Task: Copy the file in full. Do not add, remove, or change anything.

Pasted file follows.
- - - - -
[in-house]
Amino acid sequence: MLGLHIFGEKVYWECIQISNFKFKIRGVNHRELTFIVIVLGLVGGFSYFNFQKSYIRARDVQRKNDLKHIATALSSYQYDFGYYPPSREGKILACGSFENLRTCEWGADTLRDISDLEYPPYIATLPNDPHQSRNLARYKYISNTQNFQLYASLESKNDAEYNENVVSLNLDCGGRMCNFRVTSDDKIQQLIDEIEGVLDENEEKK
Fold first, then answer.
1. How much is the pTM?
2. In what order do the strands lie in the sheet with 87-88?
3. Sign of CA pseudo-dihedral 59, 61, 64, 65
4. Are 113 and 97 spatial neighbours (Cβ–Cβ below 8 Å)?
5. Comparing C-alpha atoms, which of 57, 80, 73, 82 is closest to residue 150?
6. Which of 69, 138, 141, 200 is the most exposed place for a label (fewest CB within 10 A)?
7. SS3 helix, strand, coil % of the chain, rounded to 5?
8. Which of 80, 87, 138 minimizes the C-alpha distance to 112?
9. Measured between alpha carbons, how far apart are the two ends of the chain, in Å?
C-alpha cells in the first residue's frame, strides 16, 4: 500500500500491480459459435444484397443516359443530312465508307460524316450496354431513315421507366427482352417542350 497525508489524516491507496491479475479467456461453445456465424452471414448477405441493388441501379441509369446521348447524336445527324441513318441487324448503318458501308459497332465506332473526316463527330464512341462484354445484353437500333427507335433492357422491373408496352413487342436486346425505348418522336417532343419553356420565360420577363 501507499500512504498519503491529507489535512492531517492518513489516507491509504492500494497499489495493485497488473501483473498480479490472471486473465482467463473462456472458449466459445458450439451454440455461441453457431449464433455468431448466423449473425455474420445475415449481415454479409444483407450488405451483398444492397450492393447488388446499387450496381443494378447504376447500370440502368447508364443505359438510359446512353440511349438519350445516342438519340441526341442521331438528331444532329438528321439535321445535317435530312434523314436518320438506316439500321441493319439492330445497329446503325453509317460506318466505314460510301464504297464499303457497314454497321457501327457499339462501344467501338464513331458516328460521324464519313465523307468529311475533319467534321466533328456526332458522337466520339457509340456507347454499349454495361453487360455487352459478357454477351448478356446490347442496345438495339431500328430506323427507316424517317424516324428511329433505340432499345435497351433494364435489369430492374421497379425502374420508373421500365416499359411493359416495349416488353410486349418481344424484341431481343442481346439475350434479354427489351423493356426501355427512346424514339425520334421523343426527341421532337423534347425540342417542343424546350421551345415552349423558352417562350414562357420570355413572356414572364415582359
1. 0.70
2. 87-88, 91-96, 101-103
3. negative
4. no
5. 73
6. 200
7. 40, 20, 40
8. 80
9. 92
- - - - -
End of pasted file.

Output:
[in-house]
Amino acid sequence: MLGLHIFGEKVYWECIQISNFKFKIRGVNHRELTFIVIVLGLVGGFSYFNFQKSYIRARDVQRKNDLKHIATALSSYQYDFGYYPPSREGKILACGSFENLRTCEWGADTLRDISDLEYPPYIATLPNDPHQSRNLARYKYISNTQNFQLYASLESKNDAEYNENVVSLNLDCGGRMCNFRVTSDDKIQQLIDEIEGVLDENEEKK
Fold first, then answer.
1. How much is the pTM?
2. In what order do the strands lie in the sheet with 87-88?
3. Sign of CA pseudo-dihedral 59, 61, 64, 65
4. Are 113 and 97 spatial neighbours (Cβ–Cβ below 8 Å)?
5. Comparing C-alpha atoms, which of 57, 80, 73, 82 is closest to residue 150?
6. Which of 69, 138, 141, 200 is the most exposed place for a label (fewest CB within 10 A)?
7. SS3 helix, strand, coil % of the chain, rounded to 5?
8. Which of 80, 87, 138 minimizes the C-alpha distance to 112?
9. Measured between alpha carbons, how far apart are the two ends of the chain, in Å?
C-alpha cells in the first residue's frame, strides 16, 4: 500500500500491480459459435444484397443516359443530312465508307460524316450496354431513315421507366427482352417542350 497525508489524516491507496491479475479467456461453445456465424452471414448477405441493388441501379441509369446521348447524336445527324441513318441487324448503318458501308459497332465506332473526316463527330464512341462484354445484353437500333427507335433492357422491373408496352413487342436486346425505348418522336417532343419553356420565360420577363 501507499500512504498519503491529507489535512492531517492518513489516507491509504492500494497499489495493485497488473501483473498480479490472471486473465482467463473462456472458449466459445458450439451454440455461441453457431449464433455468431448466423449473425455474420445475415449481415454479409444483407450488405451483398444492397450492393447488388446499387450496381443494378447504376447500370440502368447508364443505359438510359446512353440511349438519350445516342438519340441526341442521331438528331444532329438528321439535321445535317435530312434523314436518320438506316439500321441493319439492330445497329446503325453509317460506318466505314460510301464504297464499303457497314454497321457501327457499339462501344467501338464513331458516328460521324464519313465523307468529311475533319467534321466533328456526332458522337466520339457509340456507347454499349454495361453487360455487352459478357454477351448478356446490347442496345438495339431500328430506323427507316424517317424516324428511329433505340432499345435497351433494364435489369430492374421497379425502374420508373421500365416499359411493359416495349416488353410486349418481344424484341431481343442481346439475350434479354427489351423493356426501355427512346424514339425520334421523343426527341421532337423534347425540342417542343424546350421551345415552349423558352417562350414562357420570355413572356414572364415582359
1. 0.70
2. 87-88, 91-96, 101-103
3. negative
4. no
5. 73
6. 200
7. 40, 20, 40
8. 80
9. 92